Search-based advertisements, like the ones distributed through Google’s AdWords service, were supposed to be a boon for small businesses. Cheap and precisely targeted, they would, for the first time, put the little guys on equal footing with the big guys in the ad market. They’d level the playing field.
And that’s been pretty true. Until now, anyway.
Business Week reports that smaller businesses appear to be cutting back on search advertising. “Many small and midsize marketers are buying far fewer ‘keywords,’ and phrases,” reports the magazine. Why? Because the big guys are at last moving in in force, and the small fry are getting priced out of the market. The playing field is tilting again.
The dynamic’s pretty easy to understand. For the little guys, search ads are economically attractive only when they produce a relatively high percentage of direct sales. The direct revenues have to be higher than the ad costs. For the big guys, though, search ads can also be valuable as brand advertising – promoting the company and its products without necessarily leading to clicks and sales. As the big guys take the branding value into account, they become willing to bid more for the ads. And as the price of the ads inflates, they can quickly turn from a money-winning proposition to a money-losing one for the little guys.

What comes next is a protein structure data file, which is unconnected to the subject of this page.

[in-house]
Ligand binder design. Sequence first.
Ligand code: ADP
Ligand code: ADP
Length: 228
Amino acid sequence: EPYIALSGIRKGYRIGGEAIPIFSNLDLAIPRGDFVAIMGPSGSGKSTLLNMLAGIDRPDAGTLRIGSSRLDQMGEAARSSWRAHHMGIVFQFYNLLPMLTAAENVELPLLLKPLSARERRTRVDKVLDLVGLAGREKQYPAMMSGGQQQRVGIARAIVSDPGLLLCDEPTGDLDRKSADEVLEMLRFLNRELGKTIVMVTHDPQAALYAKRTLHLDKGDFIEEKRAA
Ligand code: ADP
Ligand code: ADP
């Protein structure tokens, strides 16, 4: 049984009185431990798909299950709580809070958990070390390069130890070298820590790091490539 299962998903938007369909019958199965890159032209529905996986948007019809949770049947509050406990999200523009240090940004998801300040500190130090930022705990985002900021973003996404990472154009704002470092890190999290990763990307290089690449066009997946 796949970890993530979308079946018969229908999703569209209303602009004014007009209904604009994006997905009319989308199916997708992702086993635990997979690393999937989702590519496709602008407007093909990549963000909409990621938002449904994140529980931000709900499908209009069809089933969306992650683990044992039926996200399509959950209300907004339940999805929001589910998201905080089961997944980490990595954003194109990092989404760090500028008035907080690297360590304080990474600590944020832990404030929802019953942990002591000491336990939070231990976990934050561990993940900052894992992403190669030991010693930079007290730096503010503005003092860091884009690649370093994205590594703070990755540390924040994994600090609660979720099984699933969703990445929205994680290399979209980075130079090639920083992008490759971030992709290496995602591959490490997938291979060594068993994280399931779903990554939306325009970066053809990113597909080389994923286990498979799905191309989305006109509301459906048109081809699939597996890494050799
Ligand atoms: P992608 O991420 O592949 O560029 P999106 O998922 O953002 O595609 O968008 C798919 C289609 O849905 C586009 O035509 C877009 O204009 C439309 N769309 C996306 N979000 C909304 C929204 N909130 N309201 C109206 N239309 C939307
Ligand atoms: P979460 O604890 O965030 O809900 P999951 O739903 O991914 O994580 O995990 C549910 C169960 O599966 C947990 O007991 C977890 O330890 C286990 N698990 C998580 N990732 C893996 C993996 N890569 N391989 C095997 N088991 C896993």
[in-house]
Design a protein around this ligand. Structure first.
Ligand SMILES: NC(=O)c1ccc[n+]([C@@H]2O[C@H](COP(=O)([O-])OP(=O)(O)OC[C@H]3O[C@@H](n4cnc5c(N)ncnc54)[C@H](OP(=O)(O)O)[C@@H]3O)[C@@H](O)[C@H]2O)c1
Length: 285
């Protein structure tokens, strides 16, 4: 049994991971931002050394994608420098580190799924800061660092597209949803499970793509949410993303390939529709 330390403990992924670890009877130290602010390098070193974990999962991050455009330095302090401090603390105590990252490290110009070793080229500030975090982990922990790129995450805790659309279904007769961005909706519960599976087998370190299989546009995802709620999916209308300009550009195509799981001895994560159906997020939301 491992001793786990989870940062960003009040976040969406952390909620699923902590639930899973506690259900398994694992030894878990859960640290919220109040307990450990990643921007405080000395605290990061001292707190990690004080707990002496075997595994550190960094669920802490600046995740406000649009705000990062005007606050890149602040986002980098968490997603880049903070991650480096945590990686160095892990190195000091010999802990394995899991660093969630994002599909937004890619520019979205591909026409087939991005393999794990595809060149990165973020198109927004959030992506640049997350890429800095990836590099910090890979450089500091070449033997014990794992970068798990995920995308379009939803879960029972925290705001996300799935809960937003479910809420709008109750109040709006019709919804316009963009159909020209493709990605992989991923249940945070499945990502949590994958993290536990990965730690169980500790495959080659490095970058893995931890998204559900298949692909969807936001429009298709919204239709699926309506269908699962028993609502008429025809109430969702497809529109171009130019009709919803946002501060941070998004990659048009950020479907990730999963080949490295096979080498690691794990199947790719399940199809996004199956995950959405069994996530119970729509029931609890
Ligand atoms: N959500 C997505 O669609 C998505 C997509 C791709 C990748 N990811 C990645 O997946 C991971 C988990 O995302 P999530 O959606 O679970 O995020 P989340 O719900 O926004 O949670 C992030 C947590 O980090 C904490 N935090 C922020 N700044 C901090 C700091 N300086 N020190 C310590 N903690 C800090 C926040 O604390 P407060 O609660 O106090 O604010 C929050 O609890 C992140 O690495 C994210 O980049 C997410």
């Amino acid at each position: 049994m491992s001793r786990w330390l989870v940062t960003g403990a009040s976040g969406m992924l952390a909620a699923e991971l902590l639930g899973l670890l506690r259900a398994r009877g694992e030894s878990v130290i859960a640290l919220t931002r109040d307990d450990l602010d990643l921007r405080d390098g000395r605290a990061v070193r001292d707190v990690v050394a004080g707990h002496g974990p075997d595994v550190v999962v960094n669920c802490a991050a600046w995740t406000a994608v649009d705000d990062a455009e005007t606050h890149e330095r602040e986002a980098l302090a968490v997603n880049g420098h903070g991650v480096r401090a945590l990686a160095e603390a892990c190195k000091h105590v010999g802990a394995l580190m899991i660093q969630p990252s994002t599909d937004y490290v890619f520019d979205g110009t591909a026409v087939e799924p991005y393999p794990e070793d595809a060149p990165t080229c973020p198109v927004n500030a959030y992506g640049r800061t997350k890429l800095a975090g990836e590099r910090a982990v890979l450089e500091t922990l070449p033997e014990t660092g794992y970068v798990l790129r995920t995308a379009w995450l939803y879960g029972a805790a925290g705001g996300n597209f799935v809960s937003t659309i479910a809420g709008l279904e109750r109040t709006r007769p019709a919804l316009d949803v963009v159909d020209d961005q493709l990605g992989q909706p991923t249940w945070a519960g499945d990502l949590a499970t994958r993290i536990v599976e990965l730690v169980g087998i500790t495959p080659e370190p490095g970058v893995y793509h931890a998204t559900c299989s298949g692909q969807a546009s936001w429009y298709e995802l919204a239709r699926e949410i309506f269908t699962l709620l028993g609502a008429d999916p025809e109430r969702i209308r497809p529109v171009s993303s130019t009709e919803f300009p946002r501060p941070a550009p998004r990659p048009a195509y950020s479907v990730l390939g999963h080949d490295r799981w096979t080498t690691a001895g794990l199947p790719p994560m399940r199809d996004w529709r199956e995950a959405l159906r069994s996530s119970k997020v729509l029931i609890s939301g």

This is what seems to be happening today, at least in many product categories. As Business Week writes, “Brand giants from Best Buy to Zale Corp, are diverting more and more of their marketing budgets to search ads. They’re driving up prices and stealing customers from some of the smaller businesses that have bought the bulk of those ads.” For Google and the other search-ad syndicators, that’s fine. They win as prices go up: “The rush of ad dollars from big brands into search is more than making up for any cutbacks by smaller outfits.”
Google has promoted its AdWords service as a great equalizer. It launched AdWords, it says, “to extend the power of its keyword-targeted advertising to smaller businesses.” In 2005, CEO Eric Schmidt spoke eloquently of how AdWords was creating a “long tail” of advertising, delivering benefits to “businesses [that] haven’t been served by traditional advertising sales.” But at the same time Schmidt was telling investors how “last year we brought out a whole suite of tools for very large advertisers who can use our services in all of their divisions to generate lots and lots of revenues.” On AdWords everyone’s equal, but the big spenders are just a little bit more equal than everyone else.
To be sure, Google is sincere in its desire to have many small companies bid on ads. Not only does the company enjoy thinking of itself as an egalitarian force, but it also knows that the more bidders, the better. It’s also quite happy, though, to give special tools and information to the big guys, giving them a further leg up in the bidding for search ads. It’s overriding goal is, of course, to maximize ad sales, not to level playing fields.